(An anti-government protester displays paintings on her hand of other countries involved in the Arab Spring revolutions during a rally to demand the ouster of Yemen's President Ali Abdullah Saleh in Sanaa October 26, 2011. The words read, "Go out." REUTERS/Louafi Larbi )

The open politics spawned by the Arab Spring have stretched the term “Islamist” to its limits, covering everyone from hip moderate young Muslims to long-bearded hardliners bent on imposing a divine dictatorship. The rainbow of varieties of political Islam has forced world media to start using unfamiliar terms such as Salafi — an ultraconservative champion of an Islamic state — to bring out some of the diversity in the emerging Muslim democracies.

Even local analysts and journalists in the Middle East find themselves fumbling for nouns and adjectives to describe exactly where a party stands in the spectrum of political options that find inspiration in the region’s main religion. Khaled Salah, editor-in-chief of the Cairo daily Al-Youm Al-Sabe, said the lines separating different Islamists were often so unclear that no agreed terms have emerged. “It’s very difficult even for Egyptians to understand the differences between the Muslim Brotherhood and the Salafis and the other groups,” he said.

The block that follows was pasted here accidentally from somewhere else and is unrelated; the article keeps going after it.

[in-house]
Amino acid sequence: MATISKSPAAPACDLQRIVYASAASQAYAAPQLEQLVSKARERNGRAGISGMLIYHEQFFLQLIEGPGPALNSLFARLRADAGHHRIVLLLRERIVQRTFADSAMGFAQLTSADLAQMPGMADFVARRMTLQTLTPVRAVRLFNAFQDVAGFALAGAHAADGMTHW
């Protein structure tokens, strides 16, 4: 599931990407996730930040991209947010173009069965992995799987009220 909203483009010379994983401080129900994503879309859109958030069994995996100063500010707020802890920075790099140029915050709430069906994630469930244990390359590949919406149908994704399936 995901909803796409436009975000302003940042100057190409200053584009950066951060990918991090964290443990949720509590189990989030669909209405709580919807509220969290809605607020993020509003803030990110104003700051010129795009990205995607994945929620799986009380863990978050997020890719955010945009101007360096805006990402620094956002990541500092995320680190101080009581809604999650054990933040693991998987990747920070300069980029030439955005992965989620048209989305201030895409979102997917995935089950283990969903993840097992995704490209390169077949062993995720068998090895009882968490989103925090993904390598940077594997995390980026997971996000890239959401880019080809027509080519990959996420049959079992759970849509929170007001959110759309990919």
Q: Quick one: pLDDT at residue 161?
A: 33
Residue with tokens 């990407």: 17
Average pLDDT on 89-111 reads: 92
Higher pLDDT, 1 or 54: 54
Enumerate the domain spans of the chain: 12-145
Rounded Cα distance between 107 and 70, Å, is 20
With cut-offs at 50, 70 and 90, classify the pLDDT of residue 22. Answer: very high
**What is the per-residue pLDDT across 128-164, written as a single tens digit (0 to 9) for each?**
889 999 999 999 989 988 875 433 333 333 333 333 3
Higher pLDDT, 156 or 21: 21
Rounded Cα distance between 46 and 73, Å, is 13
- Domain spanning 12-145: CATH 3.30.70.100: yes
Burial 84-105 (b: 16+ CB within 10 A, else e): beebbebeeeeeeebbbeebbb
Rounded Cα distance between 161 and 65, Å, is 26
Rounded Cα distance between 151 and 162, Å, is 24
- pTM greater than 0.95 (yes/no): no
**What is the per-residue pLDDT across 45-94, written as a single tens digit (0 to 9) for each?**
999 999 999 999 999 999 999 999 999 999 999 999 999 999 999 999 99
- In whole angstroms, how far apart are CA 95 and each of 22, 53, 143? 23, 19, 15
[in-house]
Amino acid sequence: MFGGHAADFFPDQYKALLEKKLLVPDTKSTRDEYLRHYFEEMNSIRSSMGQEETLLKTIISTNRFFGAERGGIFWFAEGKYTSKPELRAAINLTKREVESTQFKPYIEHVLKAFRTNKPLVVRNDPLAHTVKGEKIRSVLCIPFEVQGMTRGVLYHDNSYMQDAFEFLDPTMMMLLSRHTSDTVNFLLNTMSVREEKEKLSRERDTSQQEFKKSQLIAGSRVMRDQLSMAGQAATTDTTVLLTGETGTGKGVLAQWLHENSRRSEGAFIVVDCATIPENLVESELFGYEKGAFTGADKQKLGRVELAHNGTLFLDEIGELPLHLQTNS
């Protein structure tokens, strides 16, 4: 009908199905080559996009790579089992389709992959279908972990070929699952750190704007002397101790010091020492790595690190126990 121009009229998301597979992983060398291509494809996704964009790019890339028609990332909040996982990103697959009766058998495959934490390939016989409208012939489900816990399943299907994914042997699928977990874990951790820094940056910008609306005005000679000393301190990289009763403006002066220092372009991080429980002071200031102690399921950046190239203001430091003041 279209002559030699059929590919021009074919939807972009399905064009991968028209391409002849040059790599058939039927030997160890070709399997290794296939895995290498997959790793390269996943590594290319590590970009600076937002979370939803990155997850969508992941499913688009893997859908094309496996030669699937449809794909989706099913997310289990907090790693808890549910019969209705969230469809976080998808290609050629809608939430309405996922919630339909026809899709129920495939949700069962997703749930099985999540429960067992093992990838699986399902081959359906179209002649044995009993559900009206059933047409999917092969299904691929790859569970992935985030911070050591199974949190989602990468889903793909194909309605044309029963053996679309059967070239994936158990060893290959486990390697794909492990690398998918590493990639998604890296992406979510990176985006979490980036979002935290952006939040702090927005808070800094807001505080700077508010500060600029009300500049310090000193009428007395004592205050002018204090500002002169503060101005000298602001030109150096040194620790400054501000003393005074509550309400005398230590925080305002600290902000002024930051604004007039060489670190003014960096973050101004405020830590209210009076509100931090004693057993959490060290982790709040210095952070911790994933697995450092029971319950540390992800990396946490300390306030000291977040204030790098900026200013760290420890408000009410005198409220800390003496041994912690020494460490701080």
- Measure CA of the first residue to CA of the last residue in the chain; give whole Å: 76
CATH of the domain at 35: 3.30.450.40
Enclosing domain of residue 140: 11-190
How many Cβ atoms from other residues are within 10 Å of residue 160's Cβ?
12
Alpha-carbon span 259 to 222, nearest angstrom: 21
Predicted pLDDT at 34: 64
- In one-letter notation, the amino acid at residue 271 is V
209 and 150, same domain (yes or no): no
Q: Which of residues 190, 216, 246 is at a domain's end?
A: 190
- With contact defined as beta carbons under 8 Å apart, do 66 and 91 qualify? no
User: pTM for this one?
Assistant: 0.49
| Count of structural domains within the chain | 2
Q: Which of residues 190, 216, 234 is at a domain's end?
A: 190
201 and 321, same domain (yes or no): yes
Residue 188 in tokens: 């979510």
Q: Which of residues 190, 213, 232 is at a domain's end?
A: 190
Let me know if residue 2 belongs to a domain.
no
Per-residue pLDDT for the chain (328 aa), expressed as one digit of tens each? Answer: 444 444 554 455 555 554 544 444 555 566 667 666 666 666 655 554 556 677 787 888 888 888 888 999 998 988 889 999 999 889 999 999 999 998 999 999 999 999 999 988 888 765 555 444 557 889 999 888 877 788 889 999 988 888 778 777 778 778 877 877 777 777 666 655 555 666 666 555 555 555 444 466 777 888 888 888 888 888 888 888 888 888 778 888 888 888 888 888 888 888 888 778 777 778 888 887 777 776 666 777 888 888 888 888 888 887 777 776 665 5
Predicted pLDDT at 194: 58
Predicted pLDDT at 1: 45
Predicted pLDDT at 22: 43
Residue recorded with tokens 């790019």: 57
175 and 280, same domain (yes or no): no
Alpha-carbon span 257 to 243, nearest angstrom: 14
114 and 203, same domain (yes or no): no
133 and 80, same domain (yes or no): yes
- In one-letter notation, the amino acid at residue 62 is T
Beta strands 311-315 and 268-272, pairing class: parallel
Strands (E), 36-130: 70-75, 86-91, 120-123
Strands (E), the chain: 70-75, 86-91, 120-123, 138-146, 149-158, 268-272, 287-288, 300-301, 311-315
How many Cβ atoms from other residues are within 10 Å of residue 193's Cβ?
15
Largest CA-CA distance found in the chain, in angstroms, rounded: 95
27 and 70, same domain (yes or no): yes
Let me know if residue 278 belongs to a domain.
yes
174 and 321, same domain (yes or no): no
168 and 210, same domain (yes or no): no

Ibrahim Negm, senior adviser to Grand Mufti Ali Gomaa, said the Islamist parties agreed on a role for religion but little else. “It’s wrong to put them all into one basket,” he said. “Their interpretations and tools are radically different.”

Islamist, originally a French academic neologism for advocates of a political role for the religion, seemed to fit the bill while the region was ruled only by military dictators or monarchs who jailed faith-based challengers. Iran’s Islamic Republic seemed to be the model, even though it was a theocracy run by a Shi’ite hierarchy that has no equivalent among the Sunni Muslims who make up the majority in the Arab states of the Middle East.